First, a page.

KABUL, Afghanistan, Dec. 16 (UPI) -- U.S. special operations in Afghanistan have been strengthened as part of a strategy to get faster results in fighting the Taliban insurgency, officials said.
The Special Forces, on the orders of Gen. Stanley McChrystal, the top commander in Afghanistan, are now mainly targeting key Taliban figures, instead of largely going after al-Qaida figures as they did prior to the strategy shift, the Los Angeles Times reported.
"We've refocused their mission and increased their op tempo," a senior military official told the Times.
The number of raids by the Army's Delta Force and Navy's SEAL Team Six jumped to 90 in November from 20 in May, the report said.
The move, the first of its kind since 2001, comes at a time when only a few dozen al-Qaida operatives are believed to be holed up in the Taliban strongholds of eastern and southern regions, which are the special forces' areas of operation, the report said. The strategy change may go against the thinking of U.S. lawmakers and others who want the military to concentrate on eradicating al-Qaida, the report said.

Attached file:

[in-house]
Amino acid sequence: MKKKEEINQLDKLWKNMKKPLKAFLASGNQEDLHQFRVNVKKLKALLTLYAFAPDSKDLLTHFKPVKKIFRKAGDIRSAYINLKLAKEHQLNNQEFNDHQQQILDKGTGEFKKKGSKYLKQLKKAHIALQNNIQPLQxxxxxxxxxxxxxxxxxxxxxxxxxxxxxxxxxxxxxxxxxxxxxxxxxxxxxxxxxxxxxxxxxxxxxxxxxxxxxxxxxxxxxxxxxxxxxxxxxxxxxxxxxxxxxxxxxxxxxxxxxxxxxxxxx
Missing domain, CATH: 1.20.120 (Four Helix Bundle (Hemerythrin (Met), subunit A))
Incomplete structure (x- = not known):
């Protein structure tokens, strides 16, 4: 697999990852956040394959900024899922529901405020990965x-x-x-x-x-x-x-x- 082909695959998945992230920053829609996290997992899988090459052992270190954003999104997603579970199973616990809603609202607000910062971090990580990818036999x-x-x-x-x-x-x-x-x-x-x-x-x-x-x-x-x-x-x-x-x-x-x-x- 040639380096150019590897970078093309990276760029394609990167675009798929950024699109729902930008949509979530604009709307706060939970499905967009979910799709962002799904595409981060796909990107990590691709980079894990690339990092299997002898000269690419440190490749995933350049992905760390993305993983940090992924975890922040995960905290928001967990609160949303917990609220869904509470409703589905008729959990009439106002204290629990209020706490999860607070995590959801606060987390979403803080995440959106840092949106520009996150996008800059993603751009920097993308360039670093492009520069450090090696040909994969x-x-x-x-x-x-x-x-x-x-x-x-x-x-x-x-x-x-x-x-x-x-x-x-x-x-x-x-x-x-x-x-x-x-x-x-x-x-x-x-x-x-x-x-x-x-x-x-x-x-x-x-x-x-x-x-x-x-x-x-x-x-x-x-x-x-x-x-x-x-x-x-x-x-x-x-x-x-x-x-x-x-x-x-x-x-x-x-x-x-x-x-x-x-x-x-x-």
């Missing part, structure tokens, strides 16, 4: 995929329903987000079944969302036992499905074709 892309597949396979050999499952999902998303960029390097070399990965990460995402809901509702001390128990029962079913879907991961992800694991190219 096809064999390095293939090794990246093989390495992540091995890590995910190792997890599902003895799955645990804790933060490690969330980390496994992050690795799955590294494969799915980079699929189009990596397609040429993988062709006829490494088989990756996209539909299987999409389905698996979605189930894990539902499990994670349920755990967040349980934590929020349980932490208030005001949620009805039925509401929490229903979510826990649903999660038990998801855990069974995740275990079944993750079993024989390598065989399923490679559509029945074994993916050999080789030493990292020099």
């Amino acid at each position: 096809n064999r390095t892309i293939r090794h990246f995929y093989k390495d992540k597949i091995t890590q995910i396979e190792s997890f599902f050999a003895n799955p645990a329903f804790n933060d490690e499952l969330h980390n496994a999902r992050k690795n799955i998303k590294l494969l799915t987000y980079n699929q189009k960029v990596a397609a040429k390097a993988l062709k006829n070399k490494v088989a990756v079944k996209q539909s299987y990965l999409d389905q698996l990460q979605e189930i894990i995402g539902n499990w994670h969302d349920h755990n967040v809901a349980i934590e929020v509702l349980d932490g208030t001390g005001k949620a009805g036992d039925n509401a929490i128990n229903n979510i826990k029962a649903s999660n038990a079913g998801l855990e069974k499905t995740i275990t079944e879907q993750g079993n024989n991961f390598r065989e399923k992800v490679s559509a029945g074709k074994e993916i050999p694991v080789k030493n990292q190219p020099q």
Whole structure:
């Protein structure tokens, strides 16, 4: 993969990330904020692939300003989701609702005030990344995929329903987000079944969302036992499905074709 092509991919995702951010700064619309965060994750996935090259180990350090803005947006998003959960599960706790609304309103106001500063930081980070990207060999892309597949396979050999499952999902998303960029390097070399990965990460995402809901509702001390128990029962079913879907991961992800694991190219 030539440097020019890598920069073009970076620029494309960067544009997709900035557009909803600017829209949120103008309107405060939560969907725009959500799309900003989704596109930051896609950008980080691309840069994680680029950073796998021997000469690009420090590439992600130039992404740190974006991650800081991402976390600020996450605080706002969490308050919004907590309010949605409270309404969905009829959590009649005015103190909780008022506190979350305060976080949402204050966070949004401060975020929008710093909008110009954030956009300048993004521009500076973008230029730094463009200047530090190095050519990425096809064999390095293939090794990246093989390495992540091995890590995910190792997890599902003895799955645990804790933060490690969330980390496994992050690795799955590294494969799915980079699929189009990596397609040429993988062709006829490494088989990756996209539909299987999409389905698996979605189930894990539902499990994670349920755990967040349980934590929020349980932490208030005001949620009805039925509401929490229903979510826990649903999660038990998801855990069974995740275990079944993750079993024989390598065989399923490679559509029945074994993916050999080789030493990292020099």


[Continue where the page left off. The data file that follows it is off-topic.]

However, senior military leaders say retaking Taliban gains is now the overriding short-term priority.
"This is Gen. McChrystal's play," one official told the Times. "They have to show they can reverse momentum. He has to show he is making headway."
President Barack Obama's Afghan strategy calls for reduction of troop levels beginning in 2011 based on ground conditions. A spokesman for the command in Afghanistan declined to discuss the special operations forces' mission, except to say pressure has been increased on the insurgency.
"We target all insurgent networks who are causing casualties either to our forces or the Afghan people," he told the Times.